We were newlyweds, completely broke and trying to attend a friend’s wedding in Denver as cheaply as possible.
We checked into a dive hotel about an hour before the wedding, smelly from a day of travel, when my husband realized he had forgotten his dress shirt.
He called the front desk for directions to the nearest mall, which was supposedly one mile south, and dashed out to buy a new shirt.
I headed to the shower where I found the tub covered in mildew, the drain surrounded by hair, and, I swear, a dead cockroach.
Obviously that wasn’t going to work for me. Rather than doing the logical thing and calling the front desk for a new room, I did the nonconfrontational thing and donned my husband’s beat-up camo-green jacket and a hat, grabbed our luggage and the wedding gift and checked out.
I loitered in the hotel parking lot a few minutes before deciding I looked pathetic, reasoning that I could surely hit the mall, or at least flag down my husband on the road before he got back to the hotel.
Mind you this was in the mid-90s, a few years before cell phones hit the free world.
After what seemed like two miles carrying a duffel bag, a backpack, a garment bag and a wedding gift, I waved down a police officer for help. As I explained my situation, he silently put my belongings in his trunk and told me to get in the car, specifically the back seat.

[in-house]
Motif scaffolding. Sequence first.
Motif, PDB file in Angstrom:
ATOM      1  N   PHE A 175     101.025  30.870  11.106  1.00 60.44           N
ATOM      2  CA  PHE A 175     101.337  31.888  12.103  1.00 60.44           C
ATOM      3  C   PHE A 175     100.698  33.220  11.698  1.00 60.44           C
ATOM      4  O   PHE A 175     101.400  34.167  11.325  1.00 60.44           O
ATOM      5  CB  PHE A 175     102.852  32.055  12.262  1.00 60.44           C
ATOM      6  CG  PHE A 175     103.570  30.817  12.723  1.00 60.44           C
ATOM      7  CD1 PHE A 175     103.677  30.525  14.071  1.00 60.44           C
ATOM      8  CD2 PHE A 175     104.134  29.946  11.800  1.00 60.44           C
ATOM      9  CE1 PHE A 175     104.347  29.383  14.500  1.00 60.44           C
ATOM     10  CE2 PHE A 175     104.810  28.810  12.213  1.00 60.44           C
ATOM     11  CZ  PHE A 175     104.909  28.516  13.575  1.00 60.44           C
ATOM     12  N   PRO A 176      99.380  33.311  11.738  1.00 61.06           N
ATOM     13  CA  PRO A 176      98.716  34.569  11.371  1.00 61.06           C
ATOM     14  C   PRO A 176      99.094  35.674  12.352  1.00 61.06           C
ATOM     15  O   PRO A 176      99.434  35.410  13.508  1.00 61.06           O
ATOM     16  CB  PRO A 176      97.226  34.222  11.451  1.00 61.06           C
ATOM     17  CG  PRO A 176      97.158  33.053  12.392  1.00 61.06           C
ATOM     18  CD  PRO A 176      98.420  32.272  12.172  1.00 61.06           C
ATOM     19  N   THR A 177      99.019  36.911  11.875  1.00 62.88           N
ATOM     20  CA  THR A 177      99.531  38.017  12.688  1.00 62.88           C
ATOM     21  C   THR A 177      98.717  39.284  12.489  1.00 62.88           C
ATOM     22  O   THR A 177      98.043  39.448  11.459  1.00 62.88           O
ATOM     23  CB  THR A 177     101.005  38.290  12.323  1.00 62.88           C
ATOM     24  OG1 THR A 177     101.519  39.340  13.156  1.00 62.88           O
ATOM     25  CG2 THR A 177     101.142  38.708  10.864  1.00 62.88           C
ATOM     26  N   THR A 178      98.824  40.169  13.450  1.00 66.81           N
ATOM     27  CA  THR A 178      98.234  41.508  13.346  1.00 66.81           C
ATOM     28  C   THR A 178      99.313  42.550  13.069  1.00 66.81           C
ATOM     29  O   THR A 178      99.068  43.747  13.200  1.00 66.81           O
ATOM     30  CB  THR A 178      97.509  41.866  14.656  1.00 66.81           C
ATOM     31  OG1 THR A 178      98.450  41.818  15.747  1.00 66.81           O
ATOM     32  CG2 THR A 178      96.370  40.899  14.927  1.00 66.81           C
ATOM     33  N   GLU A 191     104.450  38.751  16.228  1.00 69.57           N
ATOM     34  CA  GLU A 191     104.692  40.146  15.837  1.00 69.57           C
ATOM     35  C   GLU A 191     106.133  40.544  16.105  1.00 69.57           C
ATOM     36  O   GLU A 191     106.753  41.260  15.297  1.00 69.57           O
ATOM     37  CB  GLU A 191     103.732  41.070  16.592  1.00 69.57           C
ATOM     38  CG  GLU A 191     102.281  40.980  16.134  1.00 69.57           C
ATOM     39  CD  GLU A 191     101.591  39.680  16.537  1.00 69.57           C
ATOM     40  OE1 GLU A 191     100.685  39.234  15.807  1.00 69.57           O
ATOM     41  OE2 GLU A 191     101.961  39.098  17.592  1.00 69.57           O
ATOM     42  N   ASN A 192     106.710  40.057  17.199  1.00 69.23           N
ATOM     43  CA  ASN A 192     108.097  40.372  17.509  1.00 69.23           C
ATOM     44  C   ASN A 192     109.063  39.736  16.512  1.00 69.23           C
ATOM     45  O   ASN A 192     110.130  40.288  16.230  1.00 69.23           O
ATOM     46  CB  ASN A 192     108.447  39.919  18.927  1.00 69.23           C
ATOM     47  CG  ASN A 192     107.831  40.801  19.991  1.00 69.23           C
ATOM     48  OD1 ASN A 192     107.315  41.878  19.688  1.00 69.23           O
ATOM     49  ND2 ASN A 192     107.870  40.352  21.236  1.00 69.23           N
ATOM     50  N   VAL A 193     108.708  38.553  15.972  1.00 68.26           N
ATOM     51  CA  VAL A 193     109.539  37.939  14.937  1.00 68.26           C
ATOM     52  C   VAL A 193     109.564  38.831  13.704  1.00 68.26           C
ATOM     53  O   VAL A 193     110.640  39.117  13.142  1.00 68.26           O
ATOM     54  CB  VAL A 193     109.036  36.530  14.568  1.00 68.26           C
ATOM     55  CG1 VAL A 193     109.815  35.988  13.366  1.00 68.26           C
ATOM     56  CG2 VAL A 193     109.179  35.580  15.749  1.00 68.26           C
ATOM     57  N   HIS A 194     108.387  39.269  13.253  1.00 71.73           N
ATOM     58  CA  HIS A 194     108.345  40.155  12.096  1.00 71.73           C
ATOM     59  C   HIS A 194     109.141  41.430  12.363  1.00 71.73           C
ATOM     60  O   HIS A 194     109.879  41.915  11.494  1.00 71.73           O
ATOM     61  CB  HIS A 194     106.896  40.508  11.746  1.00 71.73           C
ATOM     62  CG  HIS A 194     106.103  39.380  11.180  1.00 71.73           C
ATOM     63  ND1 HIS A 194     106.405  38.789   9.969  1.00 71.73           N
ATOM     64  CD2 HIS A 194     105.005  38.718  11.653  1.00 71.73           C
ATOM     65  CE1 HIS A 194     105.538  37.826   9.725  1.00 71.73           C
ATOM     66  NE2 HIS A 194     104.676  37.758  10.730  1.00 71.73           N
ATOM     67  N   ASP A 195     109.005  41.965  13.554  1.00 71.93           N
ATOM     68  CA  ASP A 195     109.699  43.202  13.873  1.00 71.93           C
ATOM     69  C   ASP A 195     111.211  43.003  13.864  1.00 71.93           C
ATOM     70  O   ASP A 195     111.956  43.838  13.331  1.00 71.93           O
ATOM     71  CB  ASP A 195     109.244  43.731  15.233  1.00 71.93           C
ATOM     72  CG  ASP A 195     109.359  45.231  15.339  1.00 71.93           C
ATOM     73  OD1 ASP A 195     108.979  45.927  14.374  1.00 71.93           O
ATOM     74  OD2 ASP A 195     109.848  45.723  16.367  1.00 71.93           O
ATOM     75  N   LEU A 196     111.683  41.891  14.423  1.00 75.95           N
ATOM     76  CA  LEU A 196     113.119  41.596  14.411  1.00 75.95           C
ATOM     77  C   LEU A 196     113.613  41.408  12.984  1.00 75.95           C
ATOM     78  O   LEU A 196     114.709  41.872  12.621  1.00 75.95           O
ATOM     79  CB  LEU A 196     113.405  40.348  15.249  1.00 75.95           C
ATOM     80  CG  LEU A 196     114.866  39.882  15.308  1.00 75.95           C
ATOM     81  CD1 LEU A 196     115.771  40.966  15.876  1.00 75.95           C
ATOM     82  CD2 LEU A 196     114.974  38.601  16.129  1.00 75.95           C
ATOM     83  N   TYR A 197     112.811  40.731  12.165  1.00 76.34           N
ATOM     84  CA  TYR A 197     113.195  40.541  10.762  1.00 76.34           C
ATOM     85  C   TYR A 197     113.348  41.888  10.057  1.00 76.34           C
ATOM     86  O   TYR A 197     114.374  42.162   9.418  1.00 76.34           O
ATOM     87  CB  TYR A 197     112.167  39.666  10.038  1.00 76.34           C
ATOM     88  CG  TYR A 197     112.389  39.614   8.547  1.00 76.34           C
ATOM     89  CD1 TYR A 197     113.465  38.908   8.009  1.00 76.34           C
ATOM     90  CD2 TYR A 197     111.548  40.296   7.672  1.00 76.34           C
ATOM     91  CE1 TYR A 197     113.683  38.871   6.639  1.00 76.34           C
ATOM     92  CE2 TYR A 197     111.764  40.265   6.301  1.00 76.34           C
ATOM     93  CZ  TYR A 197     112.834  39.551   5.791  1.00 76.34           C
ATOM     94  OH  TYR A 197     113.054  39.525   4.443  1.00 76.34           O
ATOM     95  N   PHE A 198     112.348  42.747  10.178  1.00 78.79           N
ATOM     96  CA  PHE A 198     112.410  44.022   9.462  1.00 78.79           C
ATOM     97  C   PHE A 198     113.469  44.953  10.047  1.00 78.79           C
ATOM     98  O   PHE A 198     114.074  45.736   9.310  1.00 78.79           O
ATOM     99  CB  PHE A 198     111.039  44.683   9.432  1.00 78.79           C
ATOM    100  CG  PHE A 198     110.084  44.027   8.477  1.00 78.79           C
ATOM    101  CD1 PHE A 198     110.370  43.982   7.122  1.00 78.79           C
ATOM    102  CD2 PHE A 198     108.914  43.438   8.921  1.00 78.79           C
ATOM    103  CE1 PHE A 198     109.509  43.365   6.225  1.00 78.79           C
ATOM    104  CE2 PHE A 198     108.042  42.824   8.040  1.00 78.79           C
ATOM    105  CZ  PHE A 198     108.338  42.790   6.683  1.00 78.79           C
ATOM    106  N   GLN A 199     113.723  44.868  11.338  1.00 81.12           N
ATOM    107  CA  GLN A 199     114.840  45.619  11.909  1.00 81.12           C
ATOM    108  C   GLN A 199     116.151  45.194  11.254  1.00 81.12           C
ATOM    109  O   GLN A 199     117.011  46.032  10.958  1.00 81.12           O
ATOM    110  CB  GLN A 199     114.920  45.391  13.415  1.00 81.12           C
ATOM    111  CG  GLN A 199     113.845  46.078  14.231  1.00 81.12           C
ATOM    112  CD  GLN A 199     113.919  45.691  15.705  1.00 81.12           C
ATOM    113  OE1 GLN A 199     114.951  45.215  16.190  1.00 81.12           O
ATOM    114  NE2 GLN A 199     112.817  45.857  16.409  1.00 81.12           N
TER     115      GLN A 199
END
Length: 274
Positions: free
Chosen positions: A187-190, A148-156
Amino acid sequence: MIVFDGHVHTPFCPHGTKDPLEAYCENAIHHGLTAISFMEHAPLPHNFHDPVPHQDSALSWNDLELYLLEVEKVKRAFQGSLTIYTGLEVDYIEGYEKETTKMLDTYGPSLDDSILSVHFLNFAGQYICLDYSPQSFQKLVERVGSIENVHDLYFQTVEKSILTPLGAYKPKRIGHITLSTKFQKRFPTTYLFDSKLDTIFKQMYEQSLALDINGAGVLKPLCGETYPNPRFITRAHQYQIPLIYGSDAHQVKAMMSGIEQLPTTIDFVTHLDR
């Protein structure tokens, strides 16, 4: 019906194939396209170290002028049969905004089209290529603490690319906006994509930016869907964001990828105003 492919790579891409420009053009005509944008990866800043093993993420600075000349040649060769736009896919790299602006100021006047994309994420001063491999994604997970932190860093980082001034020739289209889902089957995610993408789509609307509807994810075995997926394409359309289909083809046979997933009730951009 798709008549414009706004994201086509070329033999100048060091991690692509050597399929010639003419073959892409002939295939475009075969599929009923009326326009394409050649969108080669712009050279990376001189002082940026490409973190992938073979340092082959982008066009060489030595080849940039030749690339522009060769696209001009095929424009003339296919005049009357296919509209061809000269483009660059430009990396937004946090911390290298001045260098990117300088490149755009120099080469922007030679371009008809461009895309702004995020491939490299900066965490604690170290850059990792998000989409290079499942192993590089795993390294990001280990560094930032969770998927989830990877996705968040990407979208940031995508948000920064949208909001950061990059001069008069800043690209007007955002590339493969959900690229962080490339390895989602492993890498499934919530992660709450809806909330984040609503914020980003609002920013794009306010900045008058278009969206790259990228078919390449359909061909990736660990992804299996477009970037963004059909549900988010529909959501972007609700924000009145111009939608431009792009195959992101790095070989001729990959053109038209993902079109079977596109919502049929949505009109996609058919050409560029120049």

I begged him to help me find my husband so we could get to the wedding on time. He muttered something in his CB about a lost woman (poor thing was wandering the streets of suburban Denver) and headed south toward the mall.
Within seconds I spotted my uninformed husband heading north toward the hotel. The officer flipped on his lights and siren and made a U-turn in hot pursuit.
My husband looked back with panic as the officer motioned for him to pull over, shaking his head after spying me waving in his rearview mirror.
We all pulled over. I yanked the door handle ready to leap into my husband’s arms, but the door was locked. The officer got out instead and removed our things from his trunk while I sat in the back seat of the police car and listened.
“Sir, I found your wife walking southbound on this street. She claims she was looking for you?” The officer was puzzled. My husband was not.
“That sounds like something she would do,” he said.
The officer unlocked my door and let me out. My husband opened his door and let me in, and we drove away to a hairless, roachless Marriott where we quickly transformed from oppressively odiferous to people you would want to sit near, just in time for the wedding.
Best of all, after 18 years of marriage (assuming we make it to Sunday), that saint of a man still picks me up when I am in need.